December 06, 2006

Wyden Amendment to End Secret Holds Approved by Senate

Previously, Senate rules allowed Senators to block legislation anonymously;Wyden's amendment changes rules to require that 'holds'on legislation, nominations be publicly announced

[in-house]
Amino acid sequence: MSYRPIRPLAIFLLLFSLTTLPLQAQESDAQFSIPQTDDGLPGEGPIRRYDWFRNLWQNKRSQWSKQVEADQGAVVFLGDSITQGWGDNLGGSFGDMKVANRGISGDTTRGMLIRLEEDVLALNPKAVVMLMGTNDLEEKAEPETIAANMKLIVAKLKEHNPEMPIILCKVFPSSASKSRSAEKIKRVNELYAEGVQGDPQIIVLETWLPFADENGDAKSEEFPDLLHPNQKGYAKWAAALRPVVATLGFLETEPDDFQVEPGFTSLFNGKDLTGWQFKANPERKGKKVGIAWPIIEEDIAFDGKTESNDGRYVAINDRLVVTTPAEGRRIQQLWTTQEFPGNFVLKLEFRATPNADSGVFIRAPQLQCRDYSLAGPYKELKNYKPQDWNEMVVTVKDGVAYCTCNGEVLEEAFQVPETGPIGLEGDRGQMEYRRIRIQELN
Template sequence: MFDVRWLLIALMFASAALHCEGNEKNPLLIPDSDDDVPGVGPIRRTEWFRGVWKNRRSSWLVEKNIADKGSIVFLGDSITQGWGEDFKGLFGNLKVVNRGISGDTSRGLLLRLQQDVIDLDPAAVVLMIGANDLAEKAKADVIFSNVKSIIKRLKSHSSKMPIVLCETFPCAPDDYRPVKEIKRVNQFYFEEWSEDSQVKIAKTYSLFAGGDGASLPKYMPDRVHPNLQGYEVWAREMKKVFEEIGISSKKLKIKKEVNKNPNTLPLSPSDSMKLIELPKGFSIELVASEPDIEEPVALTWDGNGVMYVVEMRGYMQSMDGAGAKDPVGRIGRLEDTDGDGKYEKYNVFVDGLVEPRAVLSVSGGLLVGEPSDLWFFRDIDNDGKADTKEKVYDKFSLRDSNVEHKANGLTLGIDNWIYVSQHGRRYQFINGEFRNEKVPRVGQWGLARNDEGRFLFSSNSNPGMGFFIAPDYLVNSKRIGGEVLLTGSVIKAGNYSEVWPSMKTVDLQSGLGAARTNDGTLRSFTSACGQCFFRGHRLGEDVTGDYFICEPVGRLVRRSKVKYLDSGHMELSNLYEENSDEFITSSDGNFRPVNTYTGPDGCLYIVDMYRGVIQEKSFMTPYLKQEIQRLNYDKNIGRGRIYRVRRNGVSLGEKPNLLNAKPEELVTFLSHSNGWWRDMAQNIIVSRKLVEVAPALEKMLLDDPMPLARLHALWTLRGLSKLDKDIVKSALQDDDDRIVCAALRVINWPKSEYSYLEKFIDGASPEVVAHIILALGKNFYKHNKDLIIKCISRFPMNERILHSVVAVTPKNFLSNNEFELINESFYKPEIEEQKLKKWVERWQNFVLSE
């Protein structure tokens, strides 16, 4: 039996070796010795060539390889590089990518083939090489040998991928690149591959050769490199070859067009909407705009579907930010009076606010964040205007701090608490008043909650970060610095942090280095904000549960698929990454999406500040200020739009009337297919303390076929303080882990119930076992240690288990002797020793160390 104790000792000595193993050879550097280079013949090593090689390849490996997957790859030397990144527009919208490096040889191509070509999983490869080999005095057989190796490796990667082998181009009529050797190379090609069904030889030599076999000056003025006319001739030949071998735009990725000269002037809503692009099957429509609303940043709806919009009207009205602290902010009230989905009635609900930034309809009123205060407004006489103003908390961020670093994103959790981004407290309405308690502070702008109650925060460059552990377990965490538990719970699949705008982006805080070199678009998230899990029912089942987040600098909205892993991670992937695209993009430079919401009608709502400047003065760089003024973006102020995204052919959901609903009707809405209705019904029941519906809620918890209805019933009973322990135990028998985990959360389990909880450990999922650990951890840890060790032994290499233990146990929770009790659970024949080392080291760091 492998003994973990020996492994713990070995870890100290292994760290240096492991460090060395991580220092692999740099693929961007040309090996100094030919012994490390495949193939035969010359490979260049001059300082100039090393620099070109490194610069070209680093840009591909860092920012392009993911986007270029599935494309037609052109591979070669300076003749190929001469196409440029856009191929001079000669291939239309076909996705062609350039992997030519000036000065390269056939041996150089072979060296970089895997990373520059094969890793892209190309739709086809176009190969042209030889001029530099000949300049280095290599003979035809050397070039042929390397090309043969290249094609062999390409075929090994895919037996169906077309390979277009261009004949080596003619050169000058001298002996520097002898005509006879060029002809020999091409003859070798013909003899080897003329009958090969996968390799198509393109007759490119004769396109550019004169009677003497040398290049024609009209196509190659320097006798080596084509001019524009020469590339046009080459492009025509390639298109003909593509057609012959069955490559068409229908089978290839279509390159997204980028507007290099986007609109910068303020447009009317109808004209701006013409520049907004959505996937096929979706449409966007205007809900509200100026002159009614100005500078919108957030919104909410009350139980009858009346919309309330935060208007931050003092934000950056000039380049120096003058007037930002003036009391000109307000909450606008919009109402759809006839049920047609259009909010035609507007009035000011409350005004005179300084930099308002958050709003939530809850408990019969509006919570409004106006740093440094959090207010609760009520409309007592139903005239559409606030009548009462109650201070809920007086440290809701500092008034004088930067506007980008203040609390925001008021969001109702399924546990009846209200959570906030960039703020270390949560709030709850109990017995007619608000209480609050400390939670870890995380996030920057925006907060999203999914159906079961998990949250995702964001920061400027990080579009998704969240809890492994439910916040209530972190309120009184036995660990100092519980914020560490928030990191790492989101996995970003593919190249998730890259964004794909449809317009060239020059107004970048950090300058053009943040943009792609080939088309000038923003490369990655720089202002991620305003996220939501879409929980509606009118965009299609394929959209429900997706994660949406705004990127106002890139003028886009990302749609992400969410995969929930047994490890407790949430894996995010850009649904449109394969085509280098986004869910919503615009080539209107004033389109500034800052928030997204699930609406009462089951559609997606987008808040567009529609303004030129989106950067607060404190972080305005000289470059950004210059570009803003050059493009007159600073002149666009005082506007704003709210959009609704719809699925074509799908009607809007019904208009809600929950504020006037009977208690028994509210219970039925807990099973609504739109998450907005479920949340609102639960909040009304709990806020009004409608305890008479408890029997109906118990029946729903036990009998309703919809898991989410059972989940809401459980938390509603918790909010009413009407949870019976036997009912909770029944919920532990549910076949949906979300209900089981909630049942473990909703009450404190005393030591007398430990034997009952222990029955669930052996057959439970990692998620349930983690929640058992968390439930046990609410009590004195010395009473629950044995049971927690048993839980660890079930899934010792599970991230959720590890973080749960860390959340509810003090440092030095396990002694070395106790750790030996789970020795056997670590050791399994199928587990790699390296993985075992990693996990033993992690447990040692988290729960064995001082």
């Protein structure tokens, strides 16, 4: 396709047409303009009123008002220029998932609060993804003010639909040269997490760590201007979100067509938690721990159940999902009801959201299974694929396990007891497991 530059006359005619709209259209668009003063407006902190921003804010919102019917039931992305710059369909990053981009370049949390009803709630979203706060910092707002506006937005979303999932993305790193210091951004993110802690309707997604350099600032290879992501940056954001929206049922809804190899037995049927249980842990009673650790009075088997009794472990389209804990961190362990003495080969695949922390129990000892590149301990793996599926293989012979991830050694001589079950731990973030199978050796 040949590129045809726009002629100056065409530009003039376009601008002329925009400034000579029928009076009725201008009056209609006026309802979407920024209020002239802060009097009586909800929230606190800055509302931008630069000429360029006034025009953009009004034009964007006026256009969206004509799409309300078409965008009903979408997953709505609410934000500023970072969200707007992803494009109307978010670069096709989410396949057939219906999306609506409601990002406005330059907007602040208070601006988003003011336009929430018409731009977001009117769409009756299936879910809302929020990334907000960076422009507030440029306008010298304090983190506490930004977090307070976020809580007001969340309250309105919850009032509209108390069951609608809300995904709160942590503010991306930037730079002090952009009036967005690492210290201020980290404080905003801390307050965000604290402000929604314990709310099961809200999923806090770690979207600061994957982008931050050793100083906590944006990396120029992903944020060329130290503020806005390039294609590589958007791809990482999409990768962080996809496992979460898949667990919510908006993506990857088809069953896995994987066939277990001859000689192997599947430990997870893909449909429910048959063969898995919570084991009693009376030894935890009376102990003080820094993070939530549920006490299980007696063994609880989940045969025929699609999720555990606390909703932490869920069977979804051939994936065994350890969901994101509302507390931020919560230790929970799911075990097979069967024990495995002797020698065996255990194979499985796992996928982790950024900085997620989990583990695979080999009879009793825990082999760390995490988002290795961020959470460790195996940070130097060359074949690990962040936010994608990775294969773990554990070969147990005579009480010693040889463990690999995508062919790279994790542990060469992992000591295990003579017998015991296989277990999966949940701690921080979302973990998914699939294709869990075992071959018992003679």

Washington, DC - After nearly a decade-long effort, the Senate today passed an amendment by a vote of 84-13 to end the process of secret holds championed by Senator Ron Wyden (D-Ore.), along with Senators Charles Grassley (R-Iowa), James Inhofe (R-Okla.) and Ken Salazar (D-Colo.). The Wyden-Grassley-Inhofe-Salazar amendment requires a Senator who intends to object to a unanimous consent request to publish in the Congressional Record within three days a notice of the objection. It does not limit any Senator from putting a hold a bill; it instead requires that the hold be made public. "What is unjust about the process of secret holds is that it prevents a Senator from being held accountable when it comes to conducting the people's business," said Wyden. "It's time to force these objections out of the shadows and into the sunshine." Today's approval of the amendment by the Senate is the latest step in a nearly 10 year effort by Wyden and Grassley to end the practice of secret holds. In 1997 and again in 1998 the United States Senate voted unanimously in favor of Grassley-Wyden amendments to require that a notice of intent to object be published in the Congressional Record within 48 hours, but the amendments failed to survive conference proceedings. In 1999, then-Senate Majority Leader Trent Lott (R-Miss.) and then-Senate Democratic Leader Tom Daschle (D-S.D.) set forth a policy requiring all Senators wishing to place a hold on any legislation or executive calendar business to notify the sponsor of the legislation and the committee of jurisdiction of their concerns. The new policy also indicated that staff-initiated holds would not be honored without written notification from the Senator. However, the use of secret holds and staff-initiated holds eventually returned to common practice. As a matter of practice, Wyden publicly announces any "hold" he places on nominees or legislation; he does so by placing a formal statement in the Congressional Record.